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New Ohio Law Promises to Tear Down Neighborhoods for Highways

An Ohio law would require state transportation officials to build highway interchanges every 4.5 miles — even if they have to tear down homes and businesses to do it.

12:01 AM EDT on August 10, 2023

Photo: Brunswick Local Conversation.

Editor's note: A version of this article originally appeared on Strong Towns. It is republished with permission.

In March 2023, hours before the Ohio state governor signed the new House Bill 23, State Representative Tom Patton wrote new language in the transportation budget that mandates the Ohio Department of Transportation build an interchange every 4.5 miles between major cities. Residents of Brunswick, Ohio, are alleging that this unprecedented act was done because of one hotly debated junction between Brunswick and the neighboring city of Strongsville.

“At its most basic level, my city was blindsided,” said Justin Boey, an avid local advocate in Brunswick.

For decades, Strongsville has pushed for an interchange at Interstate 71 and Brunswick's Boston Road, while Brunswick pushed back in an effort to preserve its growing neighborhood. The Northeast Ohio Areawide Coordinating Agency and the Department of Transportation have denied Strongsville's request for the interchange, but this year, Patton overrode the system, ignored local desires, and dictated the interchange be completed through the law.

Now, even though the city of Brunswick has openly opposed the project for decades, they are forced to transfer funds planned for walkability projects into preparing for and maintaining this unwanted interchange.

“What this is saying is if somebody really wants to run a highway through your neighborhood, they can do it,” said Brunswick City Council President and Vice Mayor Nick Hanek. “There's a law on the books now, and that law mandates something has to happen.”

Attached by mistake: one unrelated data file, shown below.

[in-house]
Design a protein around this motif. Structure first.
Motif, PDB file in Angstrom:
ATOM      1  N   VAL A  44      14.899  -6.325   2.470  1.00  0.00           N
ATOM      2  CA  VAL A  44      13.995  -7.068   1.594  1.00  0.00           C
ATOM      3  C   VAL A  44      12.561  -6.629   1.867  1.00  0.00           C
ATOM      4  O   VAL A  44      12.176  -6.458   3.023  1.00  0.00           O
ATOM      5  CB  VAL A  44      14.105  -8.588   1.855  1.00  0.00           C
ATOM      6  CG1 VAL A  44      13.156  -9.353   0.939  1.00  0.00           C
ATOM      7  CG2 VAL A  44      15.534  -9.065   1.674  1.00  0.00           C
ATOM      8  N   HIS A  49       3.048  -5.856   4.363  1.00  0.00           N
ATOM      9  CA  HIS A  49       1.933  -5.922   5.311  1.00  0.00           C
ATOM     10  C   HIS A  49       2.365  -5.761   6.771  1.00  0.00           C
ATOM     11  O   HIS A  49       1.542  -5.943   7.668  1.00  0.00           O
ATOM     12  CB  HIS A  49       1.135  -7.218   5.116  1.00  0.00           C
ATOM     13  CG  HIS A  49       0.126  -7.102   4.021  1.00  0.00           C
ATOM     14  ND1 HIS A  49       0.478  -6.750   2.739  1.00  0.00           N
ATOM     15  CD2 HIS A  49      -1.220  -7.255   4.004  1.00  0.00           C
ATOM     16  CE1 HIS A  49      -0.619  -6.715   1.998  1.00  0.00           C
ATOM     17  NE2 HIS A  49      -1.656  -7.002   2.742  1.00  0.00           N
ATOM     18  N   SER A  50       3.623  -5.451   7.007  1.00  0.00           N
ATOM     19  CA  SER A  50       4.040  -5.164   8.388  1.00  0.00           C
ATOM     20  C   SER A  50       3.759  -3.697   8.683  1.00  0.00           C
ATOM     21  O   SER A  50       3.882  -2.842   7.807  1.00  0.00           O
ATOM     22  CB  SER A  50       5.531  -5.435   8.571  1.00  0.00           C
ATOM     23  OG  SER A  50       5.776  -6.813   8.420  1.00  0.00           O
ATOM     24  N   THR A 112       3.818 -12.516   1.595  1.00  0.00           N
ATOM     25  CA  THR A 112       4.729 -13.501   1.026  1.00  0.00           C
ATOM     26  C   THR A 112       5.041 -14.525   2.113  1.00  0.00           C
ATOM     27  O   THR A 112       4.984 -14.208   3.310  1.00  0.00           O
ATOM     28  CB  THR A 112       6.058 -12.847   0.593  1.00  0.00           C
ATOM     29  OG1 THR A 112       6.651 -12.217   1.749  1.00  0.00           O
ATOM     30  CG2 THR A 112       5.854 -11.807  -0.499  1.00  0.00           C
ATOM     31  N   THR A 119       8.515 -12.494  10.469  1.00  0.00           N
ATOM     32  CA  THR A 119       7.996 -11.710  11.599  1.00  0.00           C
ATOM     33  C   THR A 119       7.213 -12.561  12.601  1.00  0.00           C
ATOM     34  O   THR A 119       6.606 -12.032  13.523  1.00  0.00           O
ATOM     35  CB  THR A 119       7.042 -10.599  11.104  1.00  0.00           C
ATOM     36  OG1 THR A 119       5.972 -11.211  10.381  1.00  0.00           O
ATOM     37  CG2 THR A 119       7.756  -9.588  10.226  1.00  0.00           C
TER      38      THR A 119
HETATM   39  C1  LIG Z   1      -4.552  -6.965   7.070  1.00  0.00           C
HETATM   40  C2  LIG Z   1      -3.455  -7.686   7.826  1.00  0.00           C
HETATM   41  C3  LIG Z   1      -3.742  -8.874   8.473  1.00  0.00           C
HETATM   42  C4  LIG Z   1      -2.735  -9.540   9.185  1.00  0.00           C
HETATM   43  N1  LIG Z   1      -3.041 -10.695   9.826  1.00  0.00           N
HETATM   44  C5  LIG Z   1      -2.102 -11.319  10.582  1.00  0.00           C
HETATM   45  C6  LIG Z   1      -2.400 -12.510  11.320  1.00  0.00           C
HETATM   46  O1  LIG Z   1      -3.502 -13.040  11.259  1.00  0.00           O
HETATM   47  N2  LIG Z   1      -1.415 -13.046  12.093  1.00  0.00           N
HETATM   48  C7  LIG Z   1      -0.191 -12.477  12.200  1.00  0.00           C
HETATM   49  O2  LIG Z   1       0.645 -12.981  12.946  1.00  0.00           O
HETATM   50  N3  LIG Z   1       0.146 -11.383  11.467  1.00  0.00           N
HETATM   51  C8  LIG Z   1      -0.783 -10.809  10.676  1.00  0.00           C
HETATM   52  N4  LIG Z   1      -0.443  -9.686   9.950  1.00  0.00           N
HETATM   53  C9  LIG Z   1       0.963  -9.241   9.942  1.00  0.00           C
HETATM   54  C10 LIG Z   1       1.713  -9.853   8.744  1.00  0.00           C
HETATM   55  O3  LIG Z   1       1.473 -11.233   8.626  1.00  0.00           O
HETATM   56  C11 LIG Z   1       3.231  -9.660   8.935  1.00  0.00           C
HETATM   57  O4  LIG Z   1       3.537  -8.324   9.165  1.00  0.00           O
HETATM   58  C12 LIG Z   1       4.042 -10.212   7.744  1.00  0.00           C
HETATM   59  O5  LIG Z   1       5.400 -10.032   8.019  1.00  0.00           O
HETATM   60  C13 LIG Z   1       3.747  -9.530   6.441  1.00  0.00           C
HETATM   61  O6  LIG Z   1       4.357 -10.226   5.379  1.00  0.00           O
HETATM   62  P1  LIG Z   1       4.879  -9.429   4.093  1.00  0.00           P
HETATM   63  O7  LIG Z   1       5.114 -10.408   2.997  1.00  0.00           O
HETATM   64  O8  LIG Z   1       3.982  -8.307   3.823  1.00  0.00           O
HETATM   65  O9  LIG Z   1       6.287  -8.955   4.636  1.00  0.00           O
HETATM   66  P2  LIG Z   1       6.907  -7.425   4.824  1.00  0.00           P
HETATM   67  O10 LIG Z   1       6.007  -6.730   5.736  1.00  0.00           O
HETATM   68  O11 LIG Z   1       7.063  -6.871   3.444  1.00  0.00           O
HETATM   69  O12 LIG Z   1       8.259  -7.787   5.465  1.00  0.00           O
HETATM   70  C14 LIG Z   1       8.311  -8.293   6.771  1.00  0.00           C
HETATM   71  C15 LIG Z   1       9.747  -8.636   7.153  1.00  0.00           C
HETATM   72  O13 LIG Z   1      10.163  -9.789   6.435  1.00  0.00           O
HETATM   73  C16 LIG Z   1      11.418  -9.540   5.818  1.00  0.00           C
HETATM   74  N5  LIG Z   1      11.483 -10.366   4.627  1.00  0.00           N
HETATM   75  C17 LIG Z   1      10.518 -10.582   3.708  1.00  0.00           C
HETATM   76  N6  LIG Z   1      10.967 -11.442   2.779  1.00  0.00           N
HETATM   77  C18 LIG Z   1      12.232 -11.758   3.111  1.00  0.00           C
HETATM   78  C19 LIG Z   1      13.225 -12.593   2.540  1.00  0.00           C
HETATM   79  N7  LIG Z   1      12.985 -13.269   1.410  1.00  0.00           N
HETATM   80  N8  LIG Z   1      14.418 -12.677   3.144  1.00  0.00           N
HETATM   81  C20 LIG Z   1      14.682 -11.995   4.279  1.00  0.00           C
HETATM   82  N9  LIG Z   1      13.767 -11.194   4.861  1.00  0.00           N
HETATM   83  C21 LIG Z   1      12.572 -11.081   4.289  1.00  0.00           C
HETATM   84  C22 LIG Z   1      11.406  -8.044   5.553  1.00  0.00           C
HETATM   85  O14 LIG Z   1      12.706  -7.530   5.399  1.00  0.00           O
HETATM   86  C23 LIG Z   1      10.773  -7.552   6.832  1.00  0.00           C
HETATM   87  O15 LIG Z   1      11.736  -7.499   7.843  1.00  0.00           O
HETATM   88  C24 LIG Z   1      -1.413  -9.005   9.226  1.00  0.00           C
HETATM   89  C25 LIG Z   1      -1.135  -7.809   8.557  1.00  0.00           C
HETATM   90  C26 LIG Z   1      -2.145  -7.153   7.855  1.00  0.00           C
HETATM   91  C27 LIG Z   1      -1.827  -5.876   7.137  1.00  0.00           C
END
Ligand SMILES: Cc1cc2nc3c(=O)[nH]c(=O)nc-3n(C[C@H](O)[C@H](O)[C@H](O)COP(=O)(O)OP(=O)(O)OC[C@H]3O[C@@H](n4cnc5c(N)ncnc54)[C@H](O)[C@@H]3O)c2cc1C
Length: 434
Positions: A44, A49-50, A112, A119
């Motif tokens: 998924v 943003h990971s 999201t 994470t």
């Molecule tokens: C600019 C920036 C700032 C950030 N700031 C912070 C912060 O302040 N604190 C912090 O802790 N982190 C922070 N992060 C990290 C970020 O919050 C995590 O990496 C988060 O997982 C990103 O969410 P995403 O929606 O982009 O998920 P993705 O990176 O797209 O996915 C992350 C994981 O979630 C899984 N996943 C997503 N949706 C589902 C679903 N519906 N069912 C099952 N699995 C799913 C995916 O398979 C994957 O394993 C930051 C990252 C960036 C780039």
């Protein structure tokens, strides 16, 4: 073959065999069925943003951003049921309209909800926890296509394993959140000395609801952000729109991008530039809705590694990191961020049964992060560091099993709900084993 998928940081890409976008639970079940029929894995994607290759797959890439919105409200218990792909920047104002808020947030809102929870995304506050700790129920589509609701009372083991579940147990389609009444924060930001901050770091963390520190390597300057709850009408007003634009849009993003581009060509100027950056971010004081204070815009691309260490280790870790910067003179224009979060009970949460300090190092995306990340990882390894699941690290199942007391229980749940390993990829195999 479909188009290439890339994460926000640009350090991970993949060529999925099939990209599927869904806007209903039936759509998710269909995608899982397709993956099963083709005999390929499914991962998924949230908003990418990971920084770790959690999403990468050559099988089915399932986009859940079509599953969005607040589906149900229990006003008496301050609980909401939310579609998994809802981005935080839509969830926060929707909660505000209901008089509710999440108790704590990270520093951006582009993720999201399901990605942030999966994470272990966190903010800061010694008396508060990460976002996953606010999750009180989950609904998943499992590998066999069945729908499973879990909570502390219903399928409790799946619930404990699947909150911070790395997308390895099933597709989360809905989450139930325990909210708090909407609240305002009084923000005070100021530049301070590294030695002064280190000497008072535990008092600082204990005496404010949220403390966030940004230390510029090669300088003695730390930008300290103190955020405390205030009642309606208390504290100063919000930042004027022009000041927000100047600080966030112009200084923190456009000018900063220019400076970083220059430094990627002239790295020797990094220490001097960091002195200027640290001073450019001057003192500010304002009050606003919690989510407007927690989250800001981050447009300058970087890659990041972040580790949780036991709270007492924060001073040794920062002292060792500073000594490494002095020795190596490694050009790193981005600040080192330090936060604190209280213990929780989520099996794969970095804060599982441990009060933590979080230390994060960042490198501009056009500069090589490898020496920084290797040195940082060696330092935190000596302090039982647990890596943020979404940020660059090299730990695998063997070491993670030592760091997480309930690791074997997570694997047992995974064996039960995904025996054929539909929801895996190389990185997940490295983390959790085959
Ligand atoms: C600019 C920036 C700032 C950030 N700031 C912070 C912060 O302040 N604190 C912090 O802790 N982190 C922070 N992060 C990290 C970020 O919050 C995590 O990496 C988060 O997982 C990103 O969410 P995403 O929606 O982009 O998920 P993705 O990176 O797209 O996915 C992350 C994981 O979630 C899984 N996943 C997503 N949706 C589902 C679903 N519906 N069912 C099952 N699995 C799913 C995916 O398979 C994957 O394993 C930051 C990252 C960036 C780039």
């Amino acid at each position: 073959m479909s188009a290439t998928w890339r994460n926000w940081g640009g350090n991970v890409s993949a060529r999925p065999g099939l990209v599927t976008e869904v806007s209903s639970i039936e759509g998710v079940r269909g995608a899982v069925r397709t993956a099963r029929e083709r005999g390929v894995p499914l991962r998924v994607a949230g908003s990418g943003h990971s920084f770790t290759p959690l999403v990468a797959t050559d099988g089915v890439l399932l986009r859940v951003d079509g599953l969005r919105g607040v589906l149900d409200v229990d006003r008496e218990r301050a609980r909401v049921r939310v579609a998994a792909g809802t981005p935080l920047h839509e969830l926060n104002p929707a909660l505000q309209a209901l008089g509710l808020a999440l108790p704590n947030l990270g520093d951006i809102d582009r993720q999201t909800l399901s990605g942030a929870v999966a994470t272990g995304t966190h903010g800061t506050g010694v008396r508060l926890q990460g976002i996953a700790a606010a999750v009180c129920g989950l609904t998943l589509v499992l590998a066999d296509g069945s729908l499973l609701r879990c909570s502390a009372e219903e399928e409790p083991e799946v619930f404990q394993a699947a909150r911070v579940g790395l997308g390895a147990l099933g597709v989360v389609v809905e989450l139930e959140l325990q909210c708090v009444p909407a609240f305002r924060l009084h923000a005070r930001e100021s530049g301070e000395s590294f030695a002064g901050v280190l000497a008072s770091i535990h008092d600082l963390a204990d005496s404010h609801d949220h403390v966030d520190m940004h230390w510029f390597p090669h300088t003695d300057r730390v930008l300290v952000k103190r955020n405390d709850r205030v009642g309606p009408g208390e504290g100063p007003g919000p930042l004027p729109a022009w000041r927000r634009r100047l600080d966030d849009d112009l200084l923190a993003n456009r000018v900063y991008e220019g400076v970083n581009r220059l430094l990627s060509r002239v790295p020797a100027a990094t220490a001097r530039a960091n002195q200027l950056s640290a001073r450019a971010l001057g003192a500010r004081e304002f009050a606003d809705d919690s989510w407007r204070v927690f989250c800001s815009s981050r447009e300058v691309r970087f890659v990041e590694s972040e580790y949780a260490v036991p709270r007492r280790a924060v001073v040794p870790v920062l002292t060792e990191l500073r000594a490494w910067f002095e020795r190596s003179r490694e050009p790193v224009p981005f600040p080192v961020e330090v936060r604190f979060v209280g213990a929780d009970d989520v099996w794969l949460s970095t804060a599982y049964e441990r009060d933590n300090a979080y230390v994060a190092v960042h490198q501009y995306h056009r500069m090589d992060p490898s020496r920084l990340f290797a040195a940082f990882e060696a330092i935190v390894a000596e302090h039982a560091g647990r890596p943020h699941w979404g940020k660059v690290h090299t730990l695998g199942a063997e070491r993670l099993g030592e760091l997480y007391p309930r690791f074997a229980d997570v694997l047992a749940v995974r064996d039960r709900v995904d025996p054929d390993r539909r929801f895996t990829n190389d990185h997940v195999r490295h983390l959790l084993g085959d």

The targeted neighborhood homes primarily belong to retired persons, young families, or others on a fixed income. Shrea Kellum, one such resident, who’s been at risk of losing her home of over 30 years over this debate, said finding out about the impending interchange was like a “punch to the gut.” 

“It was done wrong,” said Kellum. “It was done unfairly and, to me, dishonestly.”

With traffic congestion filling up State Route 82 during rush hour, Patton told News5 the interchange would be a “poster child for traffic safety” and relieve traffic congestion. By contrast, some Brunswick residents suspect drivers will be saved only three to five minutes on their commute, and at the cost of tearing down local homes.

Signs along Boston road. (Source: Brunswick Local Conversation.)

“I have been here 42 years,” said Sue Mazzola, another local who’s at risk of losing her and her husband’s home. “I have three grown daughters, and I have brought every one of my babies home to this house from the hospital. So this house holds a lot of memories. This is more than monetary value: it's my memories of raising my children. I am now a grandmother of five and my grandchildren are here a lot. This is, in a sense, their home, as well.”

No final plan for the impending interchange has been made publicly available. Residents along Boston Road have been unable to get answers from the city of Strongsville on whether they will need to relocate or not. While a preliminary study commissioned by Strongsville estimates up to 14 households will be demolished, locals suspect that number will increase.

“We are in limbo,” said Mazzola. “My husband was thinking of retiring at some point soon. We got a new roof, new siding, and new windows. We did all our upgrades so that all those big expenses were out of the way—so that when he retired, we wouldn't have [to worry about] those. We are not in a position to start over.”

Members of Brunswick’s Local Conversation group. (Source: Brunswick Local Conversation.)